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Lippia. Lippia citriodora. Lemon Verbena.

Lippia.—A number of the species of this genus (Fam. Verbenaceae) contain aromatic oils, and several have been used in popular medicine. The L. citriodora, H. B. K., yield verbena oil, and is commonly known as Lemon verbena. From the L. mexicana, Podwissotzki (Proc. A. Ph. A., 1886) separated an essential oil somewhat resembling that of fennel, as well as a camphor-like substance which he named lippiol. According to Maisch (A. J. P., xxlvii, p. 330), however, the plant used by Podwissotzki was probably the Cedronella mexicana (Benth.). Power and Tutin (A. Pharm., 1907, ccxiv, p. 337) found in the L. scaberrima (Sonder), a native of South Africa, where it is popularly known as Beukess boss, an essential oil somewhat resembling lavender in its odor, a peculiar crystalline substance, which they named lippianol, having the qualities of a mono-hydric alcohol, and a number of other substances not peculiar to the plant.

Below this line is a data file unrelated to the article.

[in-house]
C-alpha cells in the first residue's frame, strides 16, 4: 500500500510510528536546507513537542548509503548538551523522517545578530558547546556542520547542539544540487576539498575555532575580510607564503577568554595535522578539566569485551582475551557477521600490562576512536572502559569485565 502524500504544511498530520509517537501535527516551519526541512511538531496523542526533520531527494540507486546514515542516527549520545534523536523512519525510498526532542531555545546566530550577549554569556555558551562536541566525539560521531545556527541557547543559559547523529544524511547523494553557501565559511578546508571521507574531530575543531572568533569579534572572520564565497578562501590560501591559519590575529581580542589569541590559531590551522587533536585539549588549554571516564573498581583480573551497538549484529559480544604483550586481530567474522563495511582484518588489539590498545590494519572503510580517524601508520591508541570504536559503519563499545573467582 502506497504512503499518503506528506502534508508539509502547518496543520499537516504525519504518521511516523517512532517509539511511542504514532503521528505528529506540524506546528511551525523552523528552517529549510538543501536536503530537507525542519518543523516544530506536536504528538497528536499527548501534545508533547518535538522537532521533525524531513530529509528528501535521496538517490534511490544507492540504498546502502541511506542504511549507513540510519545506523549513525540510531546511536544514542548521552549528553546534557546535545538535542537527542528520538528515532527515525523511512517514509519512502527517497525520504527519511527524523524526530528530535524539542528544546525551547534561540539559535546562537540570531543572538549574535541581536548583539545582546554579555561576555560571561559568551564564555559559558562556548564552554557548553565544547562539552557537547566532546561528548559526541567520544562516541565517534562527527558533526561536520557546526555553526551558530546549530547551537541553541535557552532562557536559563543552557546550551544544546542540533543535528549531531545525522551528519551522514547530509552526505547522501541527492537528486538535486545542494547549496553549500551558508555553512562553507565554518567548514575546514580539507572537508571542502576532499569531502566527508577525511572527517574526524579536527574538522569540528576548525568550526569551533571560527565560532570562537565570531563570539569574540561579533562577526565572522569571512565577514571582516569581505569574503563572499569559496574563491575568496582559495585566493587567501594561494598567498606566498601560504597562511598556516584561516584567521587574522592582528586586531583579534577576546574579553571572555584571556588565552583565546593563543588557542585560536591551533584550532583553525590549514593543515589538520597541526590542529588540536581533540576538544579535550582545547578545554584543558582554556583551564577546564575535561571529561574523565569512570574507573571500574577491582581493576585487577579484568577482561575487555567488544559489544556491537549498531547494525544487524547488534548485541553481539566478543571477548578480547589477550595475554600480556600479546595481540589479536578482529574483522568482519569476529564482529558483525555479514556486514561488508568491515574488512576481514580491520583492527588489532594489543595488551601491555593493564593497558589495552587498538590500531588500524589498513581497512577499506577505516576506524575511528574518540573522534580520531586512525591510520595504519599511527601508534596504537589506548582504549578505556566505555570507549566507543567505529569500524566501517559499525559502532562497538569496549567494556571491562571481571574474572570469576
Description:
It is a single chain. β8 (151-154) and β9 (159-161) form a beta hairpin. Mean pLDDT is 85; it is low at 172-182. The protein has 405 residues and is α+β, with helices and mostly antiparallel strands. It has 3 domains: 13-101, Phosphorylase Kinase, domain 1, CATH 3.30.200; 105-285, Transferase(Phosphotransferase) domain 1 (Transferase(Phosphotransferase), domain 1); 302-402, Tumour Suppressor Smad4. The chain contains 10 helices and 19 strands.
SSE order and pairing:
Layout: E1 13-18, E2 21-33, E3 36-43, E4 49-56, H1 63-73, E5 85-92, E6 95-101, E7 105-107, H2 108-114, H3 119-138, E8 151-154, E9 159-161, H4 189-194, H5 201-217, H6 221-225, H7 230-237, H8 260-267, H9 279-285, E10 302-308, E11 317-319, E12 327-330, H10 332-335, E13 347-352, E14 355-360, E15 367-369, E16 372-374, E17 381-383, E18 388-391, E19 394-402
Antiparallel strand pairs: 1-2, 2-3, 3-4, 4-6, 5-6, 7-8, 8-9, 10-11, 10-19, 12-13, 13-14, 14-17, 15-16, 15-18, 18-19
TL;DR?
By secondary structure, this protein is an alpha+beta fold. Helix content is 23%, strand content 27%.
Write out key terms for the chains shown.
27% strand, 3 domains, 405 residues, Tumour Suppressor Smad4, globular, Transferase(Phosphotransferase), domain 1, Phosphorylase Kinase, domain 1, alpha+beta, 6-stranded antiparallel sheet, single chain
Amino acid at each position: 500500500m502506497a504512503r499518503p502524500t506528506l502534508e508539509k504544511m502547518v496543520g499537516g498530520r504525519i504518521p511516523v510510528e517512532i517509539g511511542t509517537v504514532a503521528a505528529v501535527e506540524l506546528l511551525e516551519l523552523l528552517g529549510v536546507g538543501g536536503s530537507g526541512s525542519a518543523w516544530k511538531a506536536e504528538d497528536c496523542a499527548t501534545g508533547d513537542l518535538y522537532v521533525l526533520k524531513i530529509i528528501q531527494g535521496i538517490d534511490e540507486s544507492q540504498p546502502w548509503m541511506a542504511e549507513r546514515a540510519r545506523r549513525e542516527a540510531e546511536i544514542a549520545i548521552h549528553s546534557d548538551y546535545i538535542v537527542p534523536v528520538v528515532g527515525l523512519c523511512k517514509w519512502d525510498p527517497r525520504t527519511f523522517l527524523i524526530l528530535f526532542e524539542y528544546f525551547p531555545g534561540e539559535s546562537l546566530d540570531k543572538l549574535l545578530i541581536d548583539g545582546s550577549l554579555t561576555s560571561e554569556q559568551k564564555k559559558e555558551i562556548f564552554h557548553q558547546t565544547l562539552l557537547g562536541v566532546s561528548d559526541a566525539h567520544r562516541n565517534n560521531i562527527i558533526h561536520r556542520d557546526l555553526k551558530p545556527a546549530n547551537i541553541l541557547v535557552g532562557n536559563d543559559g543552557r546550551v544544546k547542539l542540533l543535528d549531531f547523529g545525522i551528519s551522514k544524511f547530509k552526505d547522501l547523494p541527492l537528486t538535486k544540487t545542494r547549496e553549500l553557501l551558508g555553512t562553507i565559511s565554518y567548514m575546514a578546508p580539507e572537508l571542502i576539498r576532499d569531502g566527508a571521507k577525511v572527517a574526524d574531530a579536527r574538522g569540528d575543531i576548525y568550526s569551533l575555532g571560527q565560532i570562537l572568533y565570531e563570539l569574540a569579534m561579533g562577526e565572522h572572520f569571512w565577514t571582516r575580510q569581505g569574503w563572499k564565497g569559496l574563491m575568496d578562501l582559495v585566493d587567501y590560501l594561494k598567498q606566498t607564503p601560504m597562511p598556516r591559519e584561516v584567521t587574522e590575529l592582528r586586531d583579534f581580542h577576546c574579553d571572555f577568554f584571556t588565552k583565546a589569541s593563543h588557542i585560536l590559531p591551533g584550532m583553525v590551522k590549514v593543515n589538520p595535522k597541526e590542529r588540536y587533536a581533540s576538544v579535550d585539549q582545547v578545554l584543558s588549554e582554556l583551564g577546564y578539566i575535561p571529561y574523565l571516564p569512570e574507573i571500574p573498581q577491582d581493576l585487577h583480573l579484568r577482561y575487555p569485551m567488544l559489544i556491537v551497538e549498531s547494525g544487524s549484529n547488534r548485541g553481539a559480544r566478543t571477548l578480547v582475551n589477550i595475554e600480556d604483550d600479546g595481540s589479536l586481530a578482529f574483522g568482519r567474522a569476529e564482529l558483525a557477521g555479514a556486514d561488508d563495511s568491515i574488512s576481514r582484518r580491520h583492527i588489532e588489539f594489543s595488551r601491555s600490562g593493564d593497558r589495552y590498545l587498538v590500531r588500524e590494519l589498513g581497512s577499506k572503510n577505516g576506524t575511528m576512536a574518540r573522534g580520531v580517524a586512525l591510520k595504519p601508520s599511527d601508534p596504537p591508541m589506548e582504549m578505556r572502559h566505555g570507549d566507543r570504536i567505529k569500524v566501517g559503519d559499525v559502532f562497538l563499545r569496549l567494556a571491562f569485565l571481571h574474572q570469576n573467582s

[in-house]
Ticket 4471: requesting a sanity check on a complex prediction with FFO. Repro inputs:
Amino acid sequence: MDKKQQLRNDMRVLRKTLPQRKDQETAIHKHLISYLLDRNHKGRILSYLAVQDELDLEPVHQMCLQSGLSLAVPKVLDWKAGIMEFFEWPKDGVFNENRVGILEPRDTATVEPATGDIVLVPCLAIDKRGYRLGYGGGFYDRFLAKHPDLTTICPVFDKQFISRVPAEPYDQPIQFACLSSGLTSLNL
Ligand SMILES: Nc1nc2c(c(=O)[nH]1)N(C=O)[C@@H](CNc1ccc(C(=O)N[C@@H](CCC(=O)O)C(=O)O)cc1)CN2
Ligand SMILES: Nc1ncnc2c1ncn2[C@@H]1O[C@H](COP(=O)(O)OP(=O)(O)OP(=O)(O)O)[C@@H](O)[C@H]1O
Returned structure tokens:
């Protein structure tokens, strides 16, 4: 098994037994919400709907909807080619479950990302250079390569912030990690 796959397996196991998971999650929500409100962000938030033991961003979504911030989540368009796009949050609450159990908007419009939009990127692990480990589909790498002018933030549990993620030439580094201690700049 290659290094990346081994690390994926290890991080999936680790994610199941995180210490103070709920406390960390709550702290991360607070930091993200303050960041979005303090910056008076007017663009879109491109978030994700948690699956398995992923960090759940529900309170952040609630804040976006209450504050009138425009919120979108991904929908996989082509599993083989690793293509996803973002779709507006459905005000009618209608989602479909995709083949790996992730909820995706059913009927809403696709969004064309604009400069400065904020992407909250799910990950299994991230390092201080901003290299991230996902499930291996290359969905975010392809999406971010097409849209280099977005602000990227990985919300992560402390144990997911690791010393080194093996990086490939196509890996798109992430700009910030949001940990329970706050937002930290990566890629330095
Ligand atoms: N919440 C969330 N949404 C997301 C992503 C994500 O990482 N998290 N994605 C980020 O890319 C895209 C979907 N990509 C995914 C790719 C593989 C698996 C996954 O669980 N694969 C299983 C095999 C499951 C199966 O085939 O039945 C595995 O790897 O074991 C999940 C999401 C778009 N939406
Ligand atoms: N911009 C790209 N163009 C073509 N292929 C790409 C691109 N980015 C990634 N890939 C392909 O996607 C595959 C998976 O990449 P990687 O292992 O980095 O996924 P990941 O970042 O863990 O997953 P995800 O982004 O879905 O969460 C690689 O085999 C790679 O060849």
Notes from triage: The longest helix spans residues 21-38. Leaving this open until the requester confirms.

The Dispensatory of the United States of America, 1918, was edited by Joseph P. Remington, Horatio C. Wood and others.



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